• Food-derived organisms: 1. Listeria monocytogenes: Drug of Choice. 2. Salmonella sp. and Shigella sp.
    • Gram (+), Streptococci and Enterococci
    • Better anaerobic coverage compared to PCN

    But, resistance continued and these agents became ineffective. Coverage was needed for even more pathogens, such as Pseudomonas SPACE/SPICE bugs

    B-lactamase Inhibitors

    Clavulanic Acid 
    • None are available as single-agents in the USA

    Little intrinsic antimicrobial activity
    • Sulbactam: Acinetobacter

    May increase side effect profile 
    • Clavulanic Acid: 9 Gl side effects, cholestasis: Max Dose/day = 500mg

    B-lactam/ B-lactamase Inhibitors Combination Agents 

    • Amoxicillin/Clavulanic Acid (Augmentin, PO) 
    • Ampicillin/Sulbactam (Unasyn, IV) 
    • Ticarcillin/Clavulanic Acid (Timentin, IV) 
    • Piperacillin/Tazobactam (Zosyn, IV)
    • Protects the primary B-lactam from cleavage by a variety B-lactamases via suicide inhibition (irreversible binding): Therefore, may broaden the antimicrobial spectrum of the primary ß-lactam

    Clinical Pearls regarding B-Lactamase Inhibitors

    Protection against B-Lactamases!
    • Staphylococcus aureus (MSSA) 
    • H. influenzae and M. catarrhalis 
    • Many GNRs!!! Including SPACE Bugs

    Non B-Lactamase Resistance Issues
    • S. pneumoniae, Enterococcus, MRSA (PBP changes)

    Zosyn: nosocomial pathogens 
    Timentin: Strentrophomonas maltophilia

    Case 2

    42-year-old man, admitted for CAP 
    PMH: HTN (chlorthalidone), 25-pack-year smoker 
    Inpatient Medications: Ceftriaxone + Azithromycin 
    • Day 2 Blood cultures 2/2 gram-positive cocci in pairs and chains. The ceftriaxone is continued and the azithromycin is stopped
    • Day 3 Blood culture result is Streptococcus pneumoniae, susceptible to penicillin

    Day 3: feeling better, eating and drinking well
    • RR 16, O2 sat 97% RA, HR 88/min, BP 140/80 mm Hg, Temp 37.0 °C 98.6 °F

    Which of the following is the most appropriate management?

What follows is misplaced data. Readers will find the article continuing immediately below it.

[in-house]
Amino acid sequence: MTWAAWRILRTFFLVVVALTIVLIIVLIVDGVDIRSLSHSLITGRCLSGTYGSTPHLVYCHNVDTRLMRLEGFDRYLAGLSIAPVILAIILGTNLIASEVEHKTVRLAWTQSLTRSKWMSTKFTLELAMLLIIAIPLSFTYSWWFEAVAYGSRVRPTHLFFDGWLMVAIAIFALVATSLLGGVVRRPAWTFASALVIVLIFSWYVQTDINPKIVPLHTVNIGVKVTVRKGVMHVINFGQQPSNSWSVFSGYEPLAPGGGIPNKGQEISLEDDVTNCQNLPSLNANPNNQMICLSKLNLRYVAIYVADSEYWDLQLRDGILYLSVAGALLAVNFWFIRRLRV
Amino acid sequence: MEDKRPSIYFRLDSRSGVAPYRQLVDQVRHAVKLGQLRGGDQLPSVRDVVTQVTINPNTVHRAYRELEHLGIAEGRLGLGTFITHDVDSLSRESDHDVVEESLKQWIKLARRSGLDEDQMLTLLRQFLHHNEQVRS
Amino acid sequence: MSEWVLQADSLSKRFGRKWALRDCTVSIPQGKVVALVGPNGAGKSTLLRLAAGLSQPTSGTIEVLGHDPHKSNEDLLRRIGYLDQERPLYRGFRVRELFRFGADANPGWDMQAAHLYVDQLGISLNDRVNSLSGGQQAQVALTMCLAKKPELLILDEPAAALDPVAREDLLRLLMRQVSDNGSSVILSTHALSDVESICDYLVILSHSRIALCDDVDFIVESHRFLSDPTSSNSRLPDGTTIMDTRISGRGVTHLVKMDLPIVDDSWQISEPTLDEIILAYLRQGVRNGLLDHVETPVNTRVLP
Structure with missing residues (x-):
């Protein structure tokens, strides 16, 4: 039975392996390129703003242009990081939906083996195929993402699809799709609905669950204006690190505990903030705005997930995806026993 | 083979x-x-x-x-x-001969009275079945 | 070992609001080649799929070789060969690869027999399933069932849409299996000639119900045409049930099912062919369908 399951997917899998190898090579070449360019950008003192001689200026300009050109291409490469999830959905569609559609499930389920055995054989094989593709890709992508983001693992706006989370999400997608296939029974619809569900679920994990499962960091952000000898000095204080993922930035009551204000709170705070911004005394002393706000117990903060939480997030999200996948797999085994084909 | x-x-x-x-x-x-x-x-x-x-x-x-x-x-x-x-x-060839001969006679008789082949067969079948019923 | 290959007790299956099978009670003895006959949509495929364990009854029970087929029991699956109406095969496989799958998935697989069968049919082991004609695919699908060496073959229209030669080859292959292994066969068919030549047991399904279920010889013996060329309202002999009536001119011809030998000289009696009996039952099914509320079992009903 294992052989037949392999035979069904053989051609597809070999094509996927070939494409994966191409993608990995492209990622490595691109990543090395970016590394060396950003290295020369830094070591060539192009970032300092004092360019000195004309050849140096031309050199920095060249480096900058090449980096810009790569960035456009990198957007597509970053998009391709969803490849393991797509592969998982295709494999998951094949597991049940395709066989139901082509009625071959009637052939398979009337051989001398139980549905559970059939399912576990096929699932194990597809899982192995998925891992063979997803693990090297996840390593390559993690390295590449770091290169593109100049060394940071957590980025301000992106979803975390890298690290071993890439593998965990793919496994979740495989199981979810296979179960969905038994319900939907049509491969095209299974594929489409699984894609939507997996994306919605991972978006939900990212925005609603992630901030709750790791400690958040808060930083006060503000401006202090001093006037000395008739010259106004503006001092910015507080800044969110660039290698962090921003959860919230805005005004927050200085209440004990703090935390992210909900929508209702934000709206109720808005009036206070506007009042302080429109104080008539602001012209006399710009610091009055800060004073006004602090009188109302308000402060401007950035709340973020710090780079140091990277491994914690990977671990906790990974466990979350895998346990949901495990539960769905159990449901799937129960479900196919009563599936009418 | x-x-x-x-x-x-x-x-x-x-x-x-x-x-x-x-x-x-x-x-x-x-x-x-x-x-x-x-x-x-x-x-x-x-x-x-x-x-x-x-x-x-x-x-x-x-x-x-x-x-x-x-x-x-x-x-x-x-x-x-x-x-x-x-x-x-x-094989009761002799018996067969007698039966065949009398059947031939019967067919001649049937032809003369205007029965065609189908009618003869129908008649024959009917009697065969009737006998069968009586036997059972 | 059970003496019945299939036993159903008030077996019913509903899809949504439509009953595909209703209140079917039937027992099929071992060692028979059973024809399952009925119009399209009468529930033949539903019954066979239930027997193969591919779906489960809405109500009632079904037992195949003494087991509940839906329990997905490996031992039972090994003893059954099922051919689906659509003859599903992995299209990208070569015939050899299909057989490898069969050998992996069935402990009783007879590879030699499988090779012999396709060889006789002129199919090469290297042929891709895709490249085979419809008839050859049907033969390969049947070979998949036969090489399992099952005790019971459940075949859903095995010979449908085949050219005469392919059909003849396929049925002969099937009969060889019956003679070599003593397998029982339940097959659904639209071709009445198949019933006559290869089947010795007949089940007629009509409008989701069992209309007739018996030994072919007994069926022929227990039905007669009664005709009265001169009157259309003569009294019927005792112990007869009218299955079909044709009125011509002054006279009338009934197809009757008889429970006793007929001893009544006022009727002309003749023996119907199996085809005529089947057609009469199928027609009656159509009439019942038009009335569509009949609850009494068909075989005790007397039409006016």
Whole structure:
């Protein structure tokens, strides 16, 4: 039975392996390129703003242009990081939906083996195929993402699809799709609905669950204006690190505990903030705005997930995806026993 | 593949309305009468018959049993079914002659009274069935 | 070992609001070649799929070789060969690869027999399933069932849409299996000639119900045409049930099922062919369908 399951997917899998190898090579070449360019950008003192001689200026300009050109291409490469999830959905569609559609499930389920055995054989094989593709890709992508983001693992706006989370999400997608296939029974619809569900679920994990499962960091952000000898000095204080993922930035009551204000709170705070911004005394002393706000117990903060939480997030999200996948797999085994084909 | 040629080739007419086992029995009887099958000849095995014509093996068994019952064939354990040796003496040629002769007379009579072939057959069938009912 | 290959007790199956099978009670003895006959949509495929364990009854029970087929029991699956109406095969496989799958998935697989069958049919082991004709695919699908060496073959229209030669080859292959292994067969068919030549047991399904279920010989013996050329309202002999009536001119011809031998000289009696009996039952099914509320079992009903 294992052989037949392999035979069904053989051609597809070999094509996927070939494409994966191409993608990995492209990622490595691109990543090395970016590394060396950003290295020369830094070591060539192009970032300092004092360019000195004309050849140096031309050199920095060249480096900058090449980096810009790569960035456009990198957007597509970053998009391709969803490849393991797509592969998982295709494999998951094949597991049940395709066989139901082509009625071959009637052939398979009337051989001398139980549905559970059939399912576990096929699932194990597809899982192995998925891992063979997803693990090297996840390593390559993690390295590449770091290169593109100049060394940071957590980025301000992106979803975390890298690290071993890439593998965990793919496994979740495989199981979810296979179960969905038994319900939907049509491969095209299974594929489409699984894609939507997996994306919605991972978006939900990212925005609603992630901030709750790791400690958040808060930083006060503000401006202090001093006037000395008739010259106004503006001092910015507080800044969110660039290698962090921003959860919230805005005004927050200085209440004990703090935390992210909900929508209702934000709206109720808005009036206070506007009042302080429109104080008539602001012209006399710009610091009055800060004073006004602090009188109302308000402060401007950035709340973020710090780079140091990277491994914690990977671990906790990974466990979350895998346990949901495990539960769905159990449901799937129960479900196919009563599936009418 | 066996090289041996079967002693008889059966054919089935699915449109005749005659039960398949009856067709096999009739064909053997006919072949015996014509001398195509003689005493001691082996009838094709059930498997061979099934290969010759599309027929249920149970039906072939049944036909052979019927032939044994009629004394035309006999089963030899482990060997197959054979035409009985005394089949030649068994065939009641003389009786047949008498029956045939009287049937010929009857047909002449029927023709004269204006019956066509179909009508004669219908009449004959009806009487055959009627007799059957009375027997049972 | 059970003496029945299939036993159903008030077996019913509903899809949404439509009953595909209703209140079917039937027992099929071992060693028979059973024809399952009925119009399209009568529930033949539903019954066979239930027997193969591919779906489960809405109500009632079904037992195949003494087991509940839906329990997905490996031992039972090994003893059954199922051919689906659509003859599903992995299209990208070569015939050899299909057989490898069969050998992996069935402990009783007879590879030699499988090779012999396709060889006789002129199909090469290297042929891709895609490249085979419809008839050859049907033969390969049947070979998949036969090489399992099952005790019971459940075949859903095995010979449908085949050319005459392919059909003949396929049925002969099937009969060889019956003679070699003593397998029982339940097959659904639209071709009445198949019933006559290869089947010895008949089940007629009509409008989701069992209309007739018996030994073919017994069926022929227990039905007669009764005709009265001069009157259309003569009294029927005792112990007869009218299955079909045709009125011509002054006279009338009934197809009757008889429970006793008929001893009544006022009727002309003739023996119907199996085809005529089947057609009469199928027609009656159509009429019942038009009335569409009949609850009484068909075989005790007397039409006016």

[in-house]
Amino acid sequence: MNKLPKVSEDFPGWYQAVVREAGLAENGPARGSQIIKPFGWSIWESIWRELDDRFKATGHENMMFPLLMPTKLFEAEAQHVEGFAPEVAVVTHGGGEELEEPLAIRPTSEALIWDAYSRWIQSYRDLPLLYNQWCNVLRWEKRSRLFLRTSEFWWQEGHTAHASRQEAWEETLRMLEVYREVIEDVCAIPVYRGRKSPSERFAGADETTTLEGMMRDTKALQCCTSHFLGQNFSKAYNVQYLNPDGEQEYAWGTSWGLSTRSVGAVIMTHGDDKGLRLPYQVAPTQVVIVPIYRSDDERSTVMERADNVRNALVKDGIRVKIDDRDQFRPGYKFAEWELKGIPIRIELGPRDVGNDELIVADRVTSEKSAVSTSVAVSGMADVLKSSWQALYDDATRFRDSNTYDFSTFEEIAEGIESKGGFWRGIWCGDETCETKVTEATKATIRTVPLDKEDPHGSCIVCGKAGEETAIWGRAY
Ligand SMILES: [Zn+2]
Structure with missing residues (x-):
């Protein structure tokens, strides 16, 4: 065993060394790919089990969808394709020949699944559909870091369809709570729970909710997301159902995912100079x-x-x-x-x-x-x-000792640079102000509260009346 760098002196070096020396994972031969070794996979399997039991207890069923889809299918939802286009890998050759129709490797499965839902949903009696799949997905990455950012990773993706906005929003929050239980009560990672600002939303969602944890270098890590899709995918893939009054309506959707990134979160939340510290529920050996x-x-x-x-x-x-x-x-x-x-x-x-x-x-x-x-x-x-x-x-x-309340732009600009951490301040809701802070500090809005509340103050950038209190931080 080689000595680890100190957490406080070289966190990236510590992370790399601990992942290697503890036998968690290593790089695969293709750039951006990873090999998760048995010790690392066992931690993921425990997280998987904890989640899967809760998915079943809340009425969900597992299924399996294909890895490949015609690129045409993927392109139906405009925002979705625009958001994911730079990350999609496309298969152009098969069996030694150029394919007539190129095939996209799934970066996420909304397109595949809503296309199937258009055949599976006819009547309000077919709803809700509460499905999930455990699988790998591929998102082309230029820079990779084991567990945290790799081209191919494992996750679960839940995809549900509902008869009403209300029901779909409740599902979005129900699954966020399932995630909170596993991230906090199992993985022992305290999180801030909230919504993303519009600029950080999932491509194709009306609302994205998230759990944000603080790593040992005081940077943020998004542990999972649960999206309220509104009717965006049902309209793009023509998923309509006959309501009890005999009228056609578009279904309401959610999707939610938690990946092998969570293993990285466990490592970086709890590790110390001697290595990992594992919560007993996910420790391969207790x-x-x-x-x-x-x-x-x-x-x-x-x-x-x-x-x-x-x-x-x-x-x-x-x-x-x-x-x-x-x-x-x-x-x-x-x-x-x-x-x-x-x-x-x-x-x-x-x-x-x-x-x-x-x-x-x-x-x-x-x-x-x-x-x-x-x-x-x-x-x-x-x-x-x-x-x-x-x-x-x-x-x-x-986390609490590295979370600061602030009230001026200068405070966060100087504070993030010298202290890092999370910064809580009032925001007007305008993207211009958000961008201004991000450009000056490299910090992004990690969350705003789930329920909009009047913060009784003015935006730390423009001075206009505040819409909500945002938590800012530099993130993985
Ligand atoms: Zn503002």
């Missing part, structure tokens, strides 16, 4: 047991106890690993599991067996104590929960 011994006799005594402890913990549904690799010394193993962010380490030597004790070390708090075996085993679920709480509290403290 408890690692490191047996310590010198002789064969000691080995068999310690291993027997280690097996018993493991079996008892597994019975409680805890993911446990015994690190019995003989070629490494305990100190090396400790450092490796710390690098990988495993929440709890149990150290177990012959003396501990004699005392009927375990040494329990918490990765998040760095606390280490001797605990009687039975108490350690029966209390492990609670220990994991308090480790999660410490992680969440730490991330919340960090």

• A. Discharge on oral levofloxacin to complete 7 days of therapy 
    • B. Discharge on oral amoxicillin to complete 14 days of therapy
    • C. Discharge on oral amoxicillin to complete 7 days of therapy 
    • D. Switch to oral amoxicillin and discharge tomorrow, if stable



    B-Lactam (Penicillins) | Food & Drug Interactions 

    • reduction of the oral absorption of PCN V, amoxicillin, dicloxacillin, cloxacillin

    • Birth control pills (esp. PCN and aminopenicillins) 
    • Warfarin: Nafcillin/Dicloxacillin: strong CYP3A4 Inducers 
    • Probenecid: inhibits tubular secretion of PCN and increases the T 1/2

    Penicillin (PCN) Allergy

    • Cross-reactivity with other B-Lactams
    • 1st Gen. Cephalosporins 5-10% 
    • 2nd & 3rd Gen. Cephalosporins 1-5% 
    • Carbapenems ~1-5% 
    • Monobactams, rare

    Newer data suggest that cross-reactions occur between chemical functional groups, but across drug classes 
    • Example, Aztreonam and Ceftazidime have a high cross-reactivity and the same functional group



    Cephalosporins available today (1st -> 5th Generations) have NO activity against Enterococcus, Listeria, Atypicals





    3rd Generation Cephalosporins | Intravenous

    • Ceftriaxone and Cefotaxime have identical spectrum, but very different pharmacokinetics 
    • Ceftriaxone is dosed once-daily due to 1 protein-binding 
    • Ceftriaxone is NOT for use in Neonates (< 3 months old) due to kernicterus (too much unbound bilirubin): Use Cefotaxime instead 
    • Both penetrate the CNS = Meningitis Treatment (S. pneumoniae) at high doses: example, Ceftriaxone 2g IV q12h 
    • Both are “Drugs of Choice” for Community-Acquired Pneumonia (CAP) (+/- a macrolide) and Gonorrheal infections 

    Many Other Cephalosporins are in Development

    Ceftobiprole (IV): PDUFA TBD
    • MRSA + Pseudomonas + Enterococcus faecalis + Streptococcus pneumonia

    Ceftolozane/Tazobactam (IV): PDUFA Dec 2014 
    • Stable against ESBLs 
    • Activity against Pseudomonas

    Ceftazidime/Avibactam (IV): PDUFA Q1 2015
    Ceftaroline/Avibactam (IV): PDUFA 2015
    • Promising against ESBLs, KPCs and other Blactamases 
    • Avibactam is the first non-Blactam blactamase inhibitor


    Cephalosporin Adverse Reactions

    • Rash, diarrhea, allergic reactions & hypersensitivity
    • Biliary sludge with Ceftriaxone 
    • Clostridium difficile colitis = documented with all B-Lactams


    MIT (Methylthiotetrazole) side chain
    • Cefotan, Cefmandole, Cefoperazone, Cefmetazole 
    • Vitamin K-antagonism -> increased bleeding risk 
    • Disulfiram-type reaction

    Cephalosporin Food & Drug Interactions

    • Rate of absorption can be reduced with food intake in some agents 

    • MTT side-chain: Warfarin, Alcohol 
    • Probenecid: when tubular secretion occurs